Making Headlines: Grantees in the News, July 2019

The Heising-Simons Foundation is proud to regularly see its grantee partners featured in media outlets across the country, providing an expert voice on a timely issue or being highlighted for their accomplishments and hard work. Here are some news items that have featured our grantees in July 2019.

Ways to Better Serve Often-Misunderstood English-Learners With Disabilities
Education Week, July 31, 2019
This article highlights a new report by New America that offers recommendations to help educators “more accurately identify ELs with disabilities and provide appropriate instructional services.” New America and this report are supported by the Foundation’s Education program.

California Childcare Characterized by Unaffordable Prices and Low Wages
KQED News, July 26, 2019
A new report by the Center for the Study of Child Care Employment (CSCCE) at University of California, Berkeley, points out that early educators in California are nearly twice as likely to live in poverty than other workers. CSCCE’s founding director Marcy Whitebook joins KQED Forum host Mina Kim to discuss this troubling assessment. The report was also covered in depth by the San Jose Mercury News. CSCCE is supported by the Foundation’s Education program.

The Human Cost of Fast-Track Deportation
The New York Times, July 25, 2019
“One hallmark of the American justice system is a fair day in court before an impartial decision maker,” writes Beth Werlin, executive director of the American Immigration Council, regarding the risks associated with fast-tracking deportation procedures. “This is the ultimate distortion of that system.” The American Immigration Council is supported by the Foundation’s Human Rights program.

Extreme Black Hole Vindicates Einstein (Again)
National Geographic, July 25, 2019
UCLA professor of physics and astronomy Andrea Ghez and her team have revealed the results of the most comprehensive test of general relativity near a black hole at the center of our galaxy. “Our observations are consistent with Einstein’s general theory of relativity,” said Dr. Ghez. “However, his theory (…) cannot fully explain gravity inside a black hole, and at some point we will need to move beyond Einstein’s theory to a more comprehensive theory of gravity that explains what a black hole is.” In addition to being featured in National Geographic, the story has gathered wide media coverage, including CNN, NBC News, Reuters. Dr. Ghez’s work is supported by the Foundation’s Science program.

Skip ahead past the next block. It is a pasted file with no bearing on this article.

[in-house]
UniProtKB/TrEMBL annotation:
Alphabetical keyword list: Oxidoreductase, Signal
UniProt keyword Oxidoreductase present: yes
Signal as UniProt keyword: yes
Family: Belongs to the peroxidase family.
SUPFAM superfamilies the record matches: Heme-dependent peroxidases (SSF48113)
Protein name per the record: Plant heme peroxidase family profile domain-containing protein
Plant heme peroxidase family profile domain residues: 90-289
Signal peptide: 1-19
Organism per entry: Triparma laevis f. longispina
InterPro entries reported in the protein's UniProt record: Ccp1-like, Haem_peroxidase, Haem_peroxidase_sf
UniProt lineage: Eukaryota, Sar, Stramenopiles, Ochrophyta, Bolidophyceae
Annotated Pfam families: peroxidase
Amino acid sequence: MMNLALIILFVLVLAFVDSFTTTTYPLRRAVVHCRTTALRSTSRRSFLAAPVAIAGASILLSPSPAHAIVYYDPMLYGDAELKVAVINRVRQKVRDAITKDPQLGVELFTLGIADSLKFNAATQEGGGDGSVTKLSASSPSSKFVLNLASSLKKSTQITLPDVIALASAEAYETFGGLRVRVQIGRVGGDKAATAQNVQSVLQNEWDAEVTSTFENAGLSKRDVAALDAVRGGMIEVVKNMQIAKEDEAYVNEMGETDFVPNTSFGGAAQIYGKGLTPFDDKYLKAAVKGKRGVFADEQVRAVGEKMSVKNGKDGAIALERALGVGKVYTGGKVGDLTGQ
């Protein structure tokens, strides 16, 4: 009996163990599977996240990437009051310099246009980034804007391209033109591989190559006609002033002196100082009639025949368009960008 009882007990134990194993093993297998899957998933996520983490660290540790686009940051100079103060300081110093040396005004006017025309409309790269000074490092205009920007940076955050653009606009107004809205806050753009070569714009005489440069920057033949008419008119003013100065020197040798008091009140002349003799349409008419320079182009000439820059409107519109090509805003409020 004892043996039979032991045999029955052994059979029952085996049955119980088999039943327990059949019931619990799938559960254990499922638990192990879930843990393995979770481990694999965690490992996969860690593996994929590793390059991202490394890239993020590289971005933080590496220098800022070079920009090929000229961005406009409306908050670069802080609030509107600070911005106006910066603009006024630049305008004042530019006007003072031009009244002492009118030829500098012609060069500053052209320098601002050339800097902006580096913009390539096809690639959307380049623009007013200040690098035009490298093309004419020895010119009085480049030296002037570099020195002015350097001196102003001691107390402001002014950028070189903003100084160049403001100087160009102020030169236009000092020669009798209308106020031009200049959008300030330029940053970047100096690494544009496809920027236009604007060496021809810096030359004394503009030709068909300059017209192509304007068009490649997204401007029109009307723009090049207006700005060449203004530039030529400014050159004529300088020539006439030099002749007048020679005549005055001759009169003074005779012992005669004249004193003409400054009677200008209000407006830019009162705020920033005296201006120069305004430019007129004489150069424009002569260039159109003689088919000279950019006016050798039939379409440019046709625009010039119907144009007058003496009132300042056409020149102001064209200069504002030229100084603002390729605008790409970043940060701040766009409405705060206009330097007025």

Astronomers Discover Two Ferociously Fast Stars Locked in a Death Spiral
CNET, July 24, 2019
The Zwicky Transient Facility project has published a study in the scientific journal Nature announcing the discovery of the second-fastest orbiting pair of white dwarf stars ever recorded. White dwarfs are usually small and dense remnants of stars that have exhausted their nuclear fuel. The story has received wide media coverage, including CNN, Newsweek, and Discover Magazine. This work is supported by the Foundation’s Science program.

Ditching Fossil Fuels Can Tackle Affordable Housing and Climate Change
The Hill, July 22, 2019
Bruce Niles, managing director at the Rocky Mountain Institute, co-authored this opinion piece about the opportunities presented by building electrification. The Rocky Mountain Institute is supported by the Foundation’s Climate & Clean Energy program.

Open Forum: Stopping ICE Raids Begins With Ending Immigration Detention
San Francisco Chronicle, July 16, 2019
The link between private detention facilities and immigration detention is explored in this opinion piece by immigration attorney Hamid Yazdan Panah, who is also part of The Justice and Diversity Center of the Bar Association of San Francisco. The organization is supported by the Foundation’s Human Rights program.

Top Border Officials Condemn ‘Highly Inappropriate’ Secret Facebook Group
The New York Times, July 2, 2019
As lawmakers toured Border Patrol facilities in Texas earlier in July, ProPublica revealed the existence of a secret Facebook group of thousands of current and past Border Patrol agents that featured “highly inappropriate and offensive” content, as described by the chief of Border Patrol. ProPublica is supported by the Foundation’s Community & Opportunity program.

Armed With Knowledge
Sactown Magazine, June-July 2019 issue
“It turns out that the best way to stop a bad guy with a gun is a good guy with a gun research center,” journalist Kate Washington writes in this in-depth portrait of Dr. Garen Wintemute, who leads the University of California’s Firearm Violence Research Center, the first state-funded center of its kind in the United States. The Foundation’s Community and Opportunity program supports the U.C. Davis Violence Prevention Research Program, where the research center is located.

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